Russophilia

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Russophilia (literally love of Russia or Russians) is admiration and fondness of Russia (including the era of the Soviet Union and/or the Russian Empire), Russian history and Russian culture. The antonym is Russophobia. In the 19th Century, Russophilia was often linked to variants of Pan-Slavism, since the Russian Empire and the autonomous Serbia were the only two slav-associated sovereign states during and after Spring of Nations.

Russophilia in Europe[edit]

American author Robert Alexander wrote: "I love Russians for their dramatic, emotional nature. They're not afraid to love, not afraid to get hurt, not afraid to exaggerate or act impulsively."[1]

Russophilia in Serbia[edit]

Russia is hugely popular in Serbia, and Serbs have always traditionally seen Russia as a close ally due to shared Slavic heritage, culture, and Orthodox faith.[2] According to European Council on Foreign Relations, 54% of Serbians see Russia as an ally. In comparison, 11% see European Union as an ally, and only 6% see United States in the same manner.[3] During the 2022 Russian invasion of Ukraine, a pro-Russian rally was held in Belgrade, attended by 4,000 people.[4][5]

The Serbian village of Putinovo's inhabitants renamed their village in honor of Vladimir Putin.[6][7] In Belgrade, there are the Russian Center of Science and Culture and the Hotel Moskva.

Russophilia in Montenegro[edit]

Montenegro is also an Eastern Orthodox and Slavic country. There is the Moscow Bridge[8] in Podgorica, and a statue of Russian singer and actor Vladimir Vysotsky next to the bridge. During the 2022 Russian invasion of Ukraine, a pro-Russian rally was held in Nikšić.[9]

Map showing the Russian Federation in dark red with Russian-occupied territories in Europe in light red.

Russophilia in Ukraine[edit]

Pro-Russian separatists in Donetsk, Donetsk People's Republic

Following Ukrainian independence in 1991 Ukrainians, mostly in the east and south of the country, voted to a see a more Russophile attitude of the government, ranging from closer economic partnership to full national union.[10] Russia and Ukraine enjoyed especially close economic ties, while the Russophilic political party, the Party of Regions, became the largest party in the Verkhovna Rada in 2006. It would remain a dominant force in Ukrainian politics, until the 2014 Revolution of Dignity. Following the 2014 Russian military intervention in Ukraine, the overall attitude of Ukrainians towards Russia and Russians has become much more negative,[11] with most Ukrainians favoring NATO[12] and European Union[13] membership.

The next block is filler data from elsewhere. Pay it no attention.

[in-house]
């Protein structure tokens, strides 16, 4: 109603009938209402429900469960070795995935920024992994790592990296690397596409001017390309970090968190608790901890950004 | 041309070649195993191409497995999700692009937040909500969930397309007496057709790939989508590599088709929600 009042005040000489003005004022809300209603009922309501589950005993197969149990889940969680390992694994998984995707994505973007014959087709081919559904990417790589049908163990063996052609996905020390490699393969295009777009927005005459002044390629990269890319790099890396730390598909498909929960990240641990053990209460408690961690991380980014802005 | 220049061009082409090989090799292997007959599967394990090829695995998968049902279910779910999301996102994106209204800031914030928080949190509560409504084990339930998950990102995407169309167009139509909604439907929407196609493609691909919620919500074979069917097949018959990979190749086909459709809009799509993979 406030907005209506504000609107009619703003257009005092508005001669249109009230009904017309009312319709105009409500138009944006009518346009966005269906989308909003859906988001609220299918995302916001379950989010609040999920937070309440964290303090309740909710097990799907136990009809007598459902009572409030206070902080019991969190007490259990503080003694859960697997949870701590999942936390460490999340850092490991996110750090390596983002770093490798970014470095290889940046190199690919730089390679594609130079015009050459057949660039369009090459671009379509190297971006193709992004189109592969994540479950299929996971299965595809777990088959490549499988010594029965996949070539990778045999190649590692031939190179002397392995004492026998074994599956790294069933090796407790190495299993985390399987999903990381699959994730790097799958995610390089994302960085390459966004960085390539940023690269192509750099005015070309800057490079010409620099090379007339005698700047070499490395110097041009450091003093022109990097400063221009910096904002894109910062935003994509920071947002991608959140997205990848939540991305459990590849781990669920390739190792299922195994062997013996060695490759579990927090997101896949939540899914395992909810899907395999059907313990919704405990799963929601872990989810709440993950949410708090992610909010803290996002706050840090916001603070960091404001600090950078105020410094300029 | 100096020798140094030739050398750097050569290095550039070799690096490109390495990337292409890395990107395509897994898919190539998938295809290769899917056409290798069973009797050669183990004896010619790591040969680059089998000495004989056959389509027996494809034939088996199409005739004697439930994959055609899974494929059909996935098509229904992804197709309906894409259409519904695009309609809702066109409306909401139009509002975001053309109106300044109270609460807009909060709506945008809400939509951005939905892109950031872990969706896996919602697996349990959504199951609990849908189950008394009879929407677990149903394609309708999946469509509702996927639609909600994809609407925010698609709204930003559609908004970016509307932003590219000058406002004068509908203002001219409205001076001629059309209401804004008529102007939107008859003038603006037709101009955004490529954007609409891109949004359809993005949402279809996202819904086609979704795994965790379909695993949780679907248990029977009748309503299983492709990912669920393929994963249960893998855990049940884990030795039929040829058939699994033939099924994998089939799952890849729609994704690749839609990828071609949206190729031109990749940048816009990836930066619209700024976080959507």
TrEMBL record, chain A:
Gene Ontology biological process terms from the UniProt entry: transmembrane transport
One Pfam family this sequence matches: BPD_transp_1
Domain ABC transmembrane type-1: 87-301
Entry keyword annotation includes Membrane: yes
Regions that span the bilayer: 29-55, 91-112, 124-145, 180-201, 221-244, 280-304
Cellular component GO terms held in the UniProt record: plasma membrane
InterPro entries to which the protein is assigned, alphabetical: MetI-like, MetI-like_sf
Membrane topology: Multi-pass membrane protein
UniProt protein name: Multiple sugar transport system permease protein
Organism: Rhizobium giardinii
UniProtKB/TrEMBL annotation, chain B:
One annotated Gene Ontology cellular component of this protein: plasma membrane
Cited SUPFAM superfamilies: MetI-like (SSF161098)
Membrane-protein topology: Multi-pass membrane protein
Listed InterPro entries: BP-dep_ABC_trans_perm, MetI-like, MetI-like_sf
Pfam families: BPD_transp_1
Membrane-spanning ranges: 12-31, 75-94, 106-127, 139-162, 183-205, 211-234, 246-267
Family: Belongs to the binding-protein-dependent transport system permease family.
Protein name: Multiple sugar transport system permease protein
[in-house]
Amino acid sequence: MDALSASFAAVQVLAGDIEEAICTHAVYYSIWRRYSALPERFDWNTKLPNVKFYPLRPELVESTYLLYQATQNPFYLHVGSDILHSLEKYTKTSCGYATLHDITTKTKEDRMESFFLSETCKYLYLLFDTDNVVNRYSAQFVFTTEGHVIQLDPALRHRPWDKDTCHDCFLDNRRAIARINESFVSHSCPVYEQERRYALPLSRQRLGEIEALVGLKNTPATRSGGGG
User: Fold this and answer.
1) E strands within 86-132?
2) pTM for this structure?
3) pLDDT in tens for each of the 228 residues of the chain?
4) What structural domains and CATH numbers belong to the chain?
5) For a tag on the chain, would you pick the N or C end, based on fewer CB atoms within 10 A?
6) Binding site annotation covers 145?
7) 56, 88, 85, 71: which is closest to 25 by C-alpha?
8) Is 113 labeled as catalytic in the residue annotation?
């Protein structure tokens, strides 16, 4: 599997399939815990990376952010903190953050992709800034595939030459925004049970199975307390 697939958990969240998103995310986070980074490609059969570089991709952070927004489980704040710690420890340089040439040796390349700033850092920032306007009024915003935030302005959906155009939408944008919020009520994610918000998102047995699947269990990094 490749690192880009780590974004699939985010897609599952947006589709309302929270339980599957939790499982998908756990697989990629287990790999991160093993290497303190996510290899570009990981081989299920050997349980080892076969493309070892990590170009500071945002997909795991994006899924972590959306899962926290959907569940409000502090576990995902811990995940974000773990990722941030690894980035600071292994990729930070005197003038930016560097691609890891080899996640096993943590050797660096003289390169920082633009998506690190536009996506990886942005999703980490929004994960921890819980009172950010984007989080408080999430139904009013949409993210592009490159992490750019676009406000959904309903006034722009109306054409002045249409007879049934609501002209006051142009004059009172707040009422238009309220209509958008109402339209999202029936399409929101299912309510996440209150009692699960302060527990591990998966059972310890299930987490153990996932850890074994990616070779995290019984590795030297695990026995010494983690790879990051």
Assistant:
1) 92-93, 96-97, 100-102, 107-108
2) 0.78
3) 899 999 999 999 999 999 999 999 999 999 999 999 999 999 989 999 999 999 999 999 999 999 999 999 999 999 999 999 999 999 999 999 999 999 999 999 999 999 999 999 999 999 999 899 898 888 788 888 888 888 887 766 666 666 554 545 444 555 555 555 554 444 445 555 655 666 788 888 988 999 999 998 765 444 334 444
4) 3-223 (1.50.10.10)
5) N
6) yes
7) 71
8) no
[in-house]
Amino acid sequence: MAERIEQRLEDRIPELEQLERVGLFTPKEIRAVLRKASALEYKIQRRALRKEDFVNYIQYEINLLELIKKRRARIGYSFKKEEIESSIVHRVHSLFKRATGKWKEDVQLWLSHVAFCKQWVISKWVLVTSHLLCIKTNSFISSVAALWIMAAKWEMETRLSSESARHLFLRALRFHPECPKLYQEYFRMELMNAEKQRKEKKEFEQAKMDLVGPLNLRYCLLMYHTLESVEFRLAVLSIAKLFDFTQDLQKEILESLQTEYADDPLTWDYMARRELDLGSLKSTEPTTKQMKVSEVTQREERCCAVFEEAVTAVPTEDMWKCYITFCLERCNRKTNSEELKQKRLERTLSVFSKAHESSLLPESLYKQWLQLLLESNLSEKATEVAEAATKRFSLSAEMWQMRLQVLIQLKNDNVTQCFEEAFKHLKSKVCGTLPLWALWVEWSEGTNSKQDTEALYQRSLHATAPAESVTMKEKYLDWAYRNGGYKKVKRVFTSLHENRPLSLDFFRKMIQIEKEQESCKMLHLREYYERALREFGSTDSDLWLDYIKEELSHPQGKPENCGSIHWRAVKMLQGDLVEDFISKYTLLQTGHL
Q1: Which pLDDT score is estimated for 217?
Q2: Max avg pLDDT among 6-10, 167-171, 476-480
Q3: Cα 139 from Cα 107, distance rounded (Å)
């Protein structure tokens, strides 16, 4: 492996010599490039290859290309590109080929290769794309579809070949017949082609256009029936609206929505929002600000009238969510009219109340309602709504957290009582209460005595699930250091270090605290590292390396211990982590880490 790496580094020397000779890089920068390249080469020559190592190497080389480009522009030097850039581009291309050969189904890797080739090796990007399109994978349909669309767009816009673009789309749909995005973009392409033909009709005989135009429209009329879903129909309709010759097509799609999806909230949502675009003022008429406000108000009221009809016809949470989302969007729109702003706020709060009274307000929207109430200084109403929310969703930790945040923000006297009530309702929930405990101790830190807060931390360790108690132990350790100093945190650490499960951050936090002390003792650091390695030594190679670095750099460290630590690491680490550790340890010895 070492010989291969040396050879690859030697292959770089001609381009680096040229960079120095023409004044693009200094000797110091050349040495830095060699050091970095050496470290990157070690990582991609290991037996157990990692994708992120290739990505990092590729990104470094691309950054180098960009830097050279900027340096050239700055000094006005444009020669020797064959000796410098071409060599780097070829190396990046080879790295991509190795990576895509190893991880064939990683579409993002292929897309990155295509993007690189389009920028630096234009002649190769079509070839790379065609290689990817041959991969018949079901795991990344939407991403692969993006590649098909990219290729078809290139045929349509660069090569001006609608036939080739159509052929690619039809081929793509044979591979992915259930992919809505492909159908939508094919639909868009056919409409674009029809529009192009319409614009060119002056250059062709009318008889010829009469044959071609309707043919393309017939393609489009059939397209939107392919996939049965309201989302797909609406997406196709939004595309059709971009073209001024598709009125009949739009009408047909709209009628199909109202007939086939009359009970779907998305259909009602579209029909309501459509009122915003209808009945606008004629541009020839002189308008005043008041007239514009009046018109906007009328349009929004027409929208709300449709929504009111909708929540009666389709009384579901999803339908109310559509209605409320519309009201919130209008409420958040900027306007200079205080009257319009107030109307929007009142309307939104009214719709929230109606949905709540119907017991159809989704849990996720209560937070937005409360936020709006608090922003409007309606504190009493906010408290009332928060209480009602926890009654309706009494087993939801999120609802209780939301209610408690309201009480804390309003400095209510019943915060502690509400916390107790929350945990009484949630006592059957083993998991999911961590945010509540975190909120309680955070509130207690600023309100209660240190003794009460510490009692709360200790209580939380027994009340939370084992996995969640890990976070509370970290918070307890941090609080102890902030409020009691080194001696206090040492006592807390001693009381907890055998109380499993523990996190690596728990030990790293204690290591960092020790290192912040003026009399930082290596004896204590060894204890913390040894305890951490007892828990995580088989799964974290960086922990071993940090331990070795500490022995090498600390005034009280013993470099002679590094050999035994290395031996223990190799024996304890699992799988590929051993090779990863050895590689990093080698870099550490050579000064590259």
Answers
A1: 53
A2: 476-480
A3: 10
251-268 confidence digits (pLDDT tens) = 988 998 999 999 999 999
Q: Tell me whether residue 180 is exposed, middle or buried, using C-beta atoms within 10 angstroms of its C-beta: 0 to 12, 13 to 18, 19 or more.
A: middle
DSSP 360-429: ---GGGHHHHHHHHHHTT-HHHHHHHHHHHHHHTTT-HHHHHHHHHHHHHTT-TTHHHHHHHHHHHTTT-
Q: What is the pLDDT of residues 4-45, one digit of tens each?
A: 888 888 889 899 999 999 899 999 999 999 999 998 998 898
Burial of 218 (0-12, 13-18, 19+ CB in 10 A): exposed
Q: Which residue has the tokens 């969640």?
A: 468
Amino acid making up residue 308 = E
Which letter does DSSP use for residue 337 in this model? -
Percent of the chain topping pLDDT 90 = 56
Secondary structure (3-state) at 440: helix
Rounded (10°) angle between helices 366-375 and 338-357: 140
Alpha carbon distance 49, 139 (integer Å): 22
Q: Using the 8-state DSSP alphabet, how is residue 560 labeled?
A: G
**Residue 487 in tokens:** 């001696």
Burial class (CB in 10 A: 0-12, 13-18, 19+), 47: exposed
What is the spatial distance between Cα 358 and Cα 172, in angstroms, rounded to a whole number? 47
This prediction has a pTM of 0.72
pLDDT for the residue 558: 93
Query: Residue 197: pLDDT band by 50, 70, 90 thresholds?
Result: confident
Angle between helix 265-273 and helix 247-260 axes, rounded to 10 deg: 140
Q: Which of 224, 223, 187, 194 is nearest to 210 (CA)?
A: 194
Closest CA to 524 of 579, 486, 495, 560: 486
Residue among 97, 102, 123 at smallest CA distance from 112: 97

41% of Ukrainians had a "good" attitude towards Russians (42% negatively),[14] while in general 54% of Russians had a positive attitude towards Ukraine, according to an October 2021 of the country's population.[citation needed] As of 2021, there were several parties in Ukraine considered Russophile[according to whom?] including the Opposition Platform — For Life, the Opposition Bloc, Our Land, Nashi and the Party of Shariy.[citation needed]

Russophilia in Asia[edit]

Russophilia in Vietnam[edit]

Favorable perceptions of Russia in Vietnam have 83% of Vietnamese people viewing Russia's influence positively in 2017.[15] This stems from the former Soviet Union support of Vietnam during the Vietnam War.[16]

Russophilia in Iran[edit]

According to a December 2018 survey by IranPoll, 63.8% of Iranians have a favorable view of Russia.[17]

Russophilia in Indonesia[edit]

Support for Russia remains high among Indonesians as they found animosity towards the West and support for Russia owing to Moscow's perceived ties with Muslims and the Islamic world. The US and its allies also invaded Afghanistan and Iraq, and neglected Palestinians suffering under occupying Israeli forces.[16]

Russophilia in Africa[edit]

Pro-Russian protests during the 2022 Russian invasion of Ukraine[edit]

In response to the 2022 Russian invasion of Ukraine and pro-Ukrainian, anti-war protests around the world, many pro-Russian counter-protests were held. Such protests were held in several countries, including Australia,[citation needed] Burkina Faso,[18] the Central African Republic,[19] the Czech Republic,[20] Germany,[21] Moldova,[22] Palestine,[23] Serbia[24][25] and the United Kingdom.[26] Protests were also held in by pro-Russian activists in several Ukrainian cities, including Donetsk, Druzhkivka, Horlivka, Izyum, Kharkiv, Khartsyzk, Kramatorsk, Luhansk, Makyiyvka, Mariupol, Slovyansk and Yenakiiev.[27]

Pro-Russian political parties[edit]

Historic

See also[edit]

References[edit]

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  40. ^ Insurgency in Cabo Delgado
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External links[edit]

Media related to Russophiles at Wikimedia Commons